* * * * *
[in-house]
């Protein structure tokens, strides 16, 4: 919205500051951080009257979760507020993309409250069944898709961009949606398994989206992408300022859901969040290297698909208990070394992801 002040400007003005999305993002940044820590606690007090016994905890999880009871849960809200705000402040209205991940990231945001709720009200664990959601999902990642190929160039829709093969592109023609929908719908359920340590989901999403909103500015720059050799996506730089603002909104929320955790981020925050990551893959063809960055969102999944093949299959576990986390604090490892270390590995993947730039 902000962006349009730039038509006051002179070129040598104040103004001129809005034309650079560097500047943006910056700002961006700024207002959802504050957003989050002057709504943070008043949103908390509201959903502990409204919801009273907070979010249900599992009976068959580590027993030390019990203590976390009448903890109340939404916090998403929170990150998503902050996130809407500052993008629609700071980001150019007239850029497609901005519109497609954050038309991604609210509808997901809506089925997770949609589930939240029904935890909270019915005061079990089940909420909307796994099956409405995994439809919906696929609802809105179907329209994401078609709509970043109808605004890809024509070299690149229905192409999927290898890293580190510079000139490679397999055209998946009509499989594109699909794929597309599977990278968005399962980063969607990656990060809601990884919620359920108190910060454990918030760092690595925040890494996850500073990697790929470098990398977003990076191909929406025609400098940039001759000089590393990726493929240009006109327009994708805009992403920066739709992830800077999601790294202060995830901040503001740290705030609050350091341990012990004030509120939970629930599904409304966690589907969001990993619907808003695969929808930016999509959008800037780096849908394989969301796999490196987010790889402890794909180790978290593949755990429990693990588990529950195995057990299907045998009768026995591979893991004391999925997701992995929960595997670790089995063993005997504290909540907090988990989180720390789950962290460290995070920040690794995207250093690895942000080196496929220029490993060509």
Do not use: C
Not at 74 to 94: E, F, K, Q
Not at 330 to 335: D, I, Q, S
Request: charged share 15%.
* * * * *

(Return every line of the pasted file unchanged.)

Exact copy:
[in-house]
């Protein structure tokens, strides 16, 4: 919205500051951080009257979760507020993309409250069944898709961009949606398994989206992408300022859901969040290297698909208990070394992801 002040400007003005999305993002940044820590606690007090016994905890999880009871849960809200705000402040209205991940990231945001709720009200664990959601999902990642190929160039829709093969592109023609929908719908359920340590989901999403909103500015720059050799996506730089603002909104929320955790981020925050990551893959063809960055969102999944093949299959576990986390604090490892270390590995993947730039 902000962006349009730039038509006051002179070129040598104040103004001129809005034309650079560097500047943006910056700002961006700024207002959802504050957003989050002057709504943070008043949103908390509201959903502990409204919801009273907070979010249900599992009976068959580590027993030390019990203590976390009448903890109340939404916090998403929170990150998503902050996130809407500052993008629609700071980001150019007239850029497609901005519109497609954050038309991604609210509808997901809506089925997770949609589930939240029904935890909270019915005061079990089940909420909307796994099956409405995994439809919906696929609802809105179907329209994401078609709509970043109808605004890809024509070299690149229905192409999927290898890293580190510079000139490679397999055209998946009509499989594109699909794929597309599977990278968005399962980063969607990656990060809601990884919620359920108190910060454990918030760092690595925040890494996850500073990697790929470098990398977003990076191909929406025609400098940039001759000089590393990726493929240009006109327009994708805009992403920066739709992830800077999601790294202060995830901040503001740290705030609050350091341990012990004030509120939970629930599904409304966690589907969001990993619907808003695969929808930016999509959008800037780096849908394989969301796999490196987010790889402890794909180790978290593949755990429990693990588990529950195995057990299907045998009768026995591979893991004391999925997701992995929960595997670790089995063993005997504290909540907090988990989180720390789950962290460290995070920040690794995207250093690895942000080196496929220029490993060509």
Do not use: C
Not at 74 to 94: E, F, K, Q
Not at 330 to 335: D, I, Q, S
Request: charged share 15%.